January 13, 2004  
Volume 97, Issue 56  

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NEWS

U of T sessional instructors to unionize, despite opposition

By Marshall Bellamy
Gazette Staff

According to sessional teachers at the University of Toronto, they will no longer be getting the short end of the stick — now that they have voted in favour of unionizing.

“We have a clear majority of all of the ballots,” said Mikael Swayze, staff representative for the Canadian Union of Public Employees local 3902.

According to Swayze, of the 180 ballots submitted 102 were counted and 56 per cent came back in favour of joining the union, though the rest of the votes still need to be counted and finer details needed to be worked out.

The union vote has met with disapproval from the University of Toronto Faculty Association, Swayze noted, adding UTFA felt only teachers with a one-course load could join the union. “They’ve taken a strong position against some people joining the union — it’s too bad [UTFA] decided to do that. I find it sad.”

George Luste, president of the UTFA, pointed out sessionals with terms of 12 months were targeted for union membership and many part-time professors were members of the UTFA.
“You’ve got to be careful with the term part-time — it varies from person to person,” he said.
The definition between sessional teachers and part-time professors is often overlooked, Luste explained; sessional teachers are hired on a short-term basis to teach a course, while part-time professors often have long-term commitments and teaching positions.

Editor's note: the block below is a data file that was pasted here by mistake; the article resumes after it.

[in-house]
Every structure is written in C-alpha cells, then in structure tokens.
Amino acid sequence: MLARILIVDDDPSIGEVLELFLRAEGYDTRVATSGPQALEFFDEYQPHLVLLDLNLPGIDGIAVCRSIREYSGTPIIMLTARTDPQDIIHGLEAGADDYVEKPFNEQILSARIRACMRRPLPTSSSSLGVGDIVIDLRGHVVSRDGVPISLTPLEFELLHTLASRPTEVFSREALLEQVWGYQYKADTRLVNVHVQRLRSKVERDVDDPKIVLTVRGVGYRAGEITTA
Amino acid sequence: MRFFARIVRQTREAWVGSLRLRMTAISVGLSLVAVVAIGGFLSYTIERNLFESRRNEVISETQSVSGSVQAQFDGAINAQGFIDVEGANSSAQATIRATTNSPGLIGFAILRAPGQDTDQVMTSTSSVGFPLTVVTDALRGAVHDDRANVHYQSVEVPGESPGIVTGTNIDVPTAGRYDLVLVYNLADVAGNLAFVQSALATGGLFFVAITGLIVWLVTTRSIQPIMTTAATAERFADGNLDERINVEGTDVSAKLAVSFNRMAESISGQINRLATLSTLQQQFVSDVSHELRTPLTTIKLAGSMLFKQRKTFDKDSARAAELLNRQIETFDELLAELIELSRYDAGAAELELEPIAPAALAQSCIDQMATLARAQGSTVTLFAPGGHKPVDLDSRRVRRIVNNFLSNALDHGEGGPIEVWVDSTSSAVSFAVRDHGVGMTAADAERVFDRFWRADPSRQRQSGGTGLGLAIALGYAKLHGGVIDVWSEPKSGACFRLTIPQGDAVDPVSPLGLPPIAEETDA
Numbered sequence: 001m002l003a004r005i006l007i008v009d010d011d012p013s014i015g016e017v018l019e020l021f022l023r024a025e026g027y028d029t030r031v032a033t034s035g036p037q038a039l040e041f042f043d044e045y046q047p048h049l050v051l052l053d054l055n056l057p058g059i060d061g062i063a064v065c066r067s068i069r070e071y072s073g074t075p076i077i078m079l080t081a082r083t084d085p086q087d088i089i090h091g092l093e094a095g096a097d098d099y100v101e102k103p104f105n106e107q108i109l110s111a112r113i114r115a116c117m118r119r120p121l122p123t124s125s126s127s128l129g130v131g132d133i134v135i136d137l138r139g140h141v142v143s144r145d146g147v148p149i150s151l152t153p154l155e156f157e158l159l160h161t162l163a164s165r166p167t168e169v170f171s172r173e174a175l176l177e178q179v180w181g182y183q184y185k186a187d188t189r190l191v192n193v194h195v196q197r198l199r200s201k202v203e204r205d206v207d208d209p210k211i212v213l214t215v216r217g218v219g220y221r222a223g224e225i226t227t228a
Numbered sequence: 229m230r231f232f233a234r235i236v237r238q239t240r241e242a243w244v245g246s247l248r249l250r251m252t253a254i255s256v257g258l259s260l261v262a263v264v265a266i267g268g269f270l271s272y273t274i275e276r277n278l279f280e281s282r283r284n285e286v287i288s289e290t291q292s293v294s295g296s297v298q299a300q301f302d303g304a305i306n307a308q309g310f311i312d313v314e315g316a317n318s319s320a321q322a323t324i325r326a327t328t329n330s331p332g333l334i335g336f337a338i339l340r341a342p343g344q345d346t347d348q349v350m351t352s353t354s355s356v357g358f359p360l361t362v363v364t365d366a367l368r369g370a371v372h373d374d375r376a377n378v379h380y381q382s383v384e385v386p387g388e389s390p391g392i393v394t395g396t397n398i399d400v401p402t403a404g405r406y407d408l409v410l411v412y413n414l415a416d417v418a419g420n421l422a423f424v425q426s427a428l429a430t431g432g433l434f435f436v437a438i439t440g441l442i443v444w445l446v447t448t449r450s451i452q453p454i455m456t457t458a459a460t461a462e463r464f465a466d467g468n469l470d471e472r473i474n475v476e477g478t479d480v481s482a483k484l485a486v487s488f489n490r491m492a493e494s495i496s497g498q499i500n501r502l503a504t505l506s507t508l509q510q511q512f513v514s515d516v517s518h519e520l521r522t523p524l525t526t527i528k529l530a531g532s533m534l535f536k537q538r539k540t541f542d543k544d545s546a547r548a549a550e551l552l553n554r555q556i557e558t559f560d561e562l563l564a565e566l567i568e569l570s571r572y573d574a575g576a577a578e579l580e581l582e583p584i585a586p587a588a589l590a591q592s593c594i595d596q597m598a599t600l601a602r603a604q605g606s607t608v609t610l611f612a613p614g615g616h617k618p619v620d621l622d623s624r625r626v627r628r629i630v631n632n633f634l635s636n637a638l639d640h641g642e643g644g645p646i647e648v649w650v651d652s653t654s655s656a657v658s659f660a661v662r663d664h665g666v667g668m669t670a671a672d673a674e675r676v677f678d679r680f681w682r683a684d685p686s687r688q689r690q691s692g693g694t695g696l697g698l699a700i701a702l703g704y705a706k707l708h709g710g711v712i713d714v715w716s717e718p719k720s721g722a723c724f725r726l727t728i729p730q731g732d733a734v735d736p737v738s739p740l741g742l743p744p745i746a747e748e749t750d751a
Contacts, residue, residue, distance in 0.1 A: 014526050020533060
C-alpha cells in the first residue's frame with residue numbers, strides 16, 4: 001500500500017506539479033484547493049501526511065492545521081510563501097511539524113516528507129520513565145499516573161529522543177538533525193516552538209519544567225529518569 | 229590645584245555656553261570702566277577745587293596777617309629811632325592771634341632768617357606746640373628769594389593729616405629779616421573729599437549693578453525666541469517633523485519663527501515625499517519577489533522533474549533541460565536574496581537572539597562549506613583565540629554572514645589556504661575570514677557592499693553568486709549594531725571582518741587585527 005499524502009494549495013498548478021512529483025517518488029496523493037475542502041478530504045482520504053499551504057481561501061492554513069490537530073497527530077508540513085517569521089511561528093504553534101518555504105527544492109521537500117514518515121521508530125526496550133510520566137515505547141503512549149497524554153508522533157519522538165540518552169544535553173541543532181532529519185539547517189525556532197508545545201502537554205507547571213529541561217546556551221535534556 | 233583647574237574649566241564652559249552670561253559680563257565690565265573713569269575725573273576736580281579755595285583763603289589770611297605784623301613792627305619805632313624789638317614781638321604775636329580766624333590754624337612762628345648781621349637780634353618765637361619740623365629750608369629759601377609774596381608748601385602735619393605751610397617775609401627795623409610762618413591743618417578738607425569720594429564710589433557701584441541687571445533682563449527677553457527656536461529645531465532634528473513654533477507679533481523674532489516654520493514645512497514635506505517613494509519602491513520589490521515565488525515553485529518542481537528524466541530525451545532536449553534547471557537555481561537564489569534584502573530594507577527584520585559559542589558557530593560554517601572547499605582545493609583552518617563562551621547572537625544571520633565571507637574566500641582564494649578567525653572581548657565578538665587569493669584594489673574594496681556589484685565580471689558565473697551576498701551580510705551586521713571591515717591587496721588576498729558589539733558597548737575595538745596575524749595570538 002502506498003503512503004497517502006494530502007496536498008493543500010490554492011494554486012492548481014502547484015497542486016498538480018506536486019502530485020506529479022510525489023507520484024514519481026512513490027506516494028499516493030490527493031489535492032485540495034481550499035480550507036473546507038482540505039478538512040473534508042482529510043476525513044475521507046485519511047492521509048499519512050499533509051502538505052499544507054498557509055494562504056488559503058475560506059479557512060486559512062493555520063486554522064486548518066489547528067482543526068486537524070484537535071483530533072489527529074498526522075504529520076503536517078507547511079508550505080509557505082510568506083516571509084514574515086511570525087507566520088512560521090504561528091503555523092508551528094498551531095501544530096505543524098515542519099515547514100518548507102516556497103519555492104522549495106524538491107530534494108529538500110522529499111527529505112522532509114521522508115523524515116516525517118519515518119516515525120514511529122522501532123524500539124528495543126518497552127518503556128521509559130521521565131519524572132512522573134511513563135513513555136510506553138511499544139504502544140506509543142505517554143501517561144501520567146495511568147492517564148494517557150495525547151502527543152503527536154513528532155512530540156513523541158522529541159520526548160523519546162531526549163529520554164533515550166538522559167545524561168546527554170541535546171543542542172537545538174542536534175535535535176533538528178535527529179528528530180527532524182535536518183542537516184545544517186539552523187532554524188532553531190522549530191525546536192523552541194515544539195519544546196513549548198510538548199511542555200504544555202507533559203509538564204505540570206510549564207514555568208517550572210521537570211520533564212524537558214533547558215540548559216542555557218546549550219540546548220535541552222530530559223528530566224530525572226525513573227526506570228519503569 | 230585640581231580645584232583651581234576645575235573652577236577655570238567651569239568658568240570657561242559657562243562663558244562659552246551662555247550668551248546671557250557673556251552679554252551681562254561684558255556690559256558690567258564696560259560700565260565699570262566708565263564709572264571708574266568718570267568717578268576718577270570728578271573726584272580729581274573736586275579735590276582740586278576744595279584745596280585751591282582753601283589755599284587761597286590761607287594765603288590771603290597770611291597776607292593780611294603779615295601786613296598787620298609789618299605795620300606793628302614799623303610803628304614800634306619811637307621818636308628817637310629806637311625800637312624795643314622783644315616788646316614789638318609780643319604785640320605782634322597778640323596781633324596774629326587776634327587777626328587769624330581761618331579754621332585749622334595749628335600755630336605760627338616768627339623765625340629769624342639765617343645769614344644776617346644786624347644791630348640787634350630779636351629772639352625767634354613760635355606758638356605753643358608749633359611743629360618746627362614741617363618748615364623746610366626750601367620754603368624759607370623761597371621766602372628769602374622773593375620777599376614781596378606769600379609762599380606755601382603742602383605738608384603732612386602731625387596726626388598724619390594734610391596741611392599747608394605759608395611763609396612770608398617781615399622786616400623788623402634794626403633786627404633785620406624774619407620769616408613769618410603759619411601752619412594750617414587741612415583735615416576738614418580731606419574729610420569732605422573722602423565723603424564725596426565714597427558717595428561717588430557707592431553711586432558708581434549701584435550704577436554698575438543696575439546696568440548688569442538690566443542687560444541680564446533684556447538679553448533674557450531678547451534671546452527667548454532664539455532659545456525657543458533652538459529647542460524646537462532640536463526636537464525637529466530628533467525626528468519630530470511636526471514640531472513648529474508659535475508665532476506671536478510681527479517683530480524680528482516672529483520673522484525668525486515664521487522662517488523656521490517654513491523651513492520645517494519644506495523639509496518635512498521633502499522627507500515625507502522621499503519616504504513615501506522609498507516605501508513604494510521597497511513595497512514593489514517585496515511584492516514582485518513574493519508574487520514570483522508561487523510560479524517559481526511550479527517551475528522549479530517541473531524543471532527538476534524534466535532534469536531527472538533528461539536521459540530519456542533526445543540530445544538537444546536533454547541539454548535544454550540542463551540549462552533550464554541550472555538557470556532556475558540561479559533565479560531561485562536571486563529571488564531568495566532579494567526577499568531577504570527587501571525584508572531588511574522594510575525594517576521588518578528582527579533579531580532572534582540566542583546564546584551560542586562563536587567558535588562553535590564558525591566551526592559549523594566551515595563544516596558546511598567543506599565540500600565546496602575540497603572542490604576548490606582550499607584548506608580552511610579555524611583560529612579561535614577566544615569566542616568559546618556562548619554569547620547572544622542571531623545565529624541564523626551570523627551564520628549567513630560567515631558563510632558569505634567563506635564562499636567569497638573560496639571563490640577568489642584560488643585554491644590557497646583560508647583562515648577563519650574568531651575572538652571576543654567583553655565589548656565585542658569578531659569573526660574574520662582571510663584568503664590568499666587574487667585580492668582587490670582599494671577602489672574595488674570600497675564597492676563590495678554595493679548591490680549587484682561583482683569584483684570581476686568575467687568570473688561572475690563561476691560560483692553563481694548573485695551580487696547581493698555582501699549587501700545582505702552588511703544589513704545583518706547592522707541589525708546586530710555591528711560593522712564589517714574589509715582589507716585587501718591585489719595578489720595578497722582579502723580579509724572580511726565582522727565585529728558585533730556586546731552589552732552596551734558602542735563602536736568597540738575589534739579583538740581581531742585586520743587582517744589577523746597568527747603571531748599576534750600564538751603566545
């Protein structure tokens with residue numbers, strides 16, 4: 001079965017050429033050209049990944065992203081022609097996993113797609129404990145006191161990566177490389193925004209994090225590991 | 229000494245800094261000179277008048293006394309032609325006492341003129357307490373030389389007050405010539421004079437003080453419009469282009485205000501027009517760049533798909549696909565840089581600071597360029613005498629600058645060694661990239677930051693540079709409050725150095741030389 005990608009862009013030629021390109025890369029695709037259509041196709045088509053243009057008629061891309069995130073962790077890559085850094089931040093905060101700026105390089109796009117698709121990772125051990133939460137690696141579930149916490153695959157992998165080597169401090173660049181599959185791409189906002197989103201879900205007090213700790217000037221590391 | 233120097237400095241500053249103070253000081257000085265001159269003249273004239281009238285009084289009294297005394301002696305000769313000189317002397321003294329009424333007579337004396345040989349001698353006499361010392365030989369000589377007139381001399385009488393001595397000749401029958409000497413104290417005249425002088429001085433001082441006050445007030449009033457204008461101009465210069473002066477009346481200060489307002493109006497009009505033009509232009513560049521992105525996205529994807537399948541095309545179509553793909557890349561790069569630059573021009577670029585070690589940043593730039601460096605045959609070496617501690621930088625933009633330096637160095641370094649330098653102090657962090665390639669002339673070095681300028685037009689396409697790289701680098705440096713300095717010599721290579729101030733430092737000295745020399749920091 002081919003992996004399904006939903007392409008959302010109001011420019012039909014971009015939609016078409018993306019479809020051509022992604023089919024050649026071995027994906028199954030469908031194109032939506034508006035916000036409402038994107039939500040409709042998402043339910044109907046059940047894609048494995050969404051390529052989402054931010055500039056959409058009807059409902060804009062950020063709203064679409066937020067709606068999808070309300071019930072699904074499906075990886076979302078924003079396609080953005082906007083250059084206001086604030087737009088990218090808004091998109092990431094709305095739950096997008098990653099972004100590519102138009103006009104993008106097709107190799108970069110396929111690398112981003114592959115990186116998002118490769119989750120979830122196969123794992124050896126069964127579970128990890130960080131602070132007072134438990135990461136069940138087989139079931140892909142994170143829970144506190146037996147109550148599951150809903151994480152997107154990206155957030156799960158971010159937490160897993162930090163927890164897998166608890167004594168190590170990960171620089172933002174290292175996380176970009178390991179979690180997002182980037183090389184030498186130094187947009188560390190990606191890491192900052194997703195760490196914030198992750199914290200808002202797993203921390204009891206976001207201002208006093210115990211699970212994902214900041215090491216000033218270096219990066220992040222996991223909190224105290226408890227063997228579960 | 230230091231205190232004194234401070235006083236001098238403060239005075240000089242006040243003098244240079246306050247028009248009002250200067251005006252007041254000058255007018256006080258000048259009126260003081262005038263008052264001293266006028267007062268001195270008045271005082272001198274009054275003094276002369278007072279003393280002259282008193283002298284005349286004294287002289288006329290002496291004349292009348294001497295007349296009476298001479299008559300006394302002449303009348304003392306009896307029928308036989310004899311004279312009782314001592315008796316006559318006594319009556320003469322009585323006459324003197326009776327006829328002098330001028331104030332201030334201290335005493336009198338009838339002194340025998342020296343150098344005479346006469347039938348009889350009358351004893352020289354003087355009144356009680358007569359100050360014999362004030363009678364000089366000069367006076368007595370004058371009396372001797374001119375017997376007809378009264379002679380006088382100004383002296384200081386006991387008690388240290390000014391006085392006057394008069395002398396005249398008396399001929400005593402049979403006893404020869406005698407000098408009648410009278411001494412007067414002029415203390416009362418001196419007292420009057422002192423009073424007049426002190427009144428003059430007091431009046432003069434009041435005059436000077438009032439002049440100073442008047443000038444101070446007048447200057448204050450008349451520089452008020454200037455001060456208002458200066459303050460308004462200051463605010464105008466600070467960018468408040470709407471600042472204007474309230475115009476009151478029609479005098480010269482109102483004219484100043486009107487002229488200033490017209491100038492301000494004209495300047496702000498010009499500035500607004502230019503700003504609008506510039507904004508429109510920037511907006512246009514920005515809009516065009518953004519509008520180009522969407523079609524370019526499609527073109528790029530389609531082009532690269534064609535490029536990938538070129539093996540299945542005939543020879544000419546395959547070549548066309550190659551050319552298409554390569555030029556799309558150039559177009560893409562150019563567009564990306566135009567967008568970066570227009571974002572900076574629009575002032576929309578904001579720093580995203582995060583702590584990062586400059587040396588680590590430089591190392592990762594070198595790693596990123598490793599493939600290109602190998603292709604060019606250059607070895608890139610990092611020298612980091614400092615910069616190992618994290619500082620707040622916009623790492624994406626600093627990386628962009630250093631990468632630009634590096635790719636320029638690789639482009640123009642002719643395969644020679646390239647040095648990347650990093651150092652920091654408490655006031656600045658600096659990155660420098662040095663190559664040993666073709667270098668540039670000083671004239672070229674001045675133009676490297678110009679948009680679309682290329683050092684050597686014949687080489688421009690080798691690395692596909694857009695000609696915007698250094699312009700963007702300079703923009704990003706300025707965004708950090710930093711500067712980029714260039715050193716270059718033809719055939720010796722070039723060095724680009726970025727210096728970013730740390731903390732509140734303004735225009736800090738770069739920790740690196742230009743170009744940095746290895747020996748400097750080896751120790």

According to Luste, many schools have both sessional and full-time professors under the same umbrella. “In general, if everyone was under the same tent, then we’d all be better.”

Swayze noted the UTFA is not a trade union, therefore CUPE is better suited to representing their interests, such as pensions, dental and drug benefits, and perhaps a system of transition to full-time status. “Now that we have a union, we can ask ‘what do you want?’”

Luste is quick to cite UTFA, while not having sessional members, has done a lot for part-time professors, such as benefits, but he laments the lack of sessional membership. “This is a reflection of the underfunding of higher education in Ontario.”

Talk for sessionals joining a union has been going for the last four years, Swayze said. The efforts began early last year with cards being signed throughout the spring, and a vote was held in the summer, he added.

One issue Swayze said he hopes will arise is job security, as most sessionals have to fill out applications every year.

 

 

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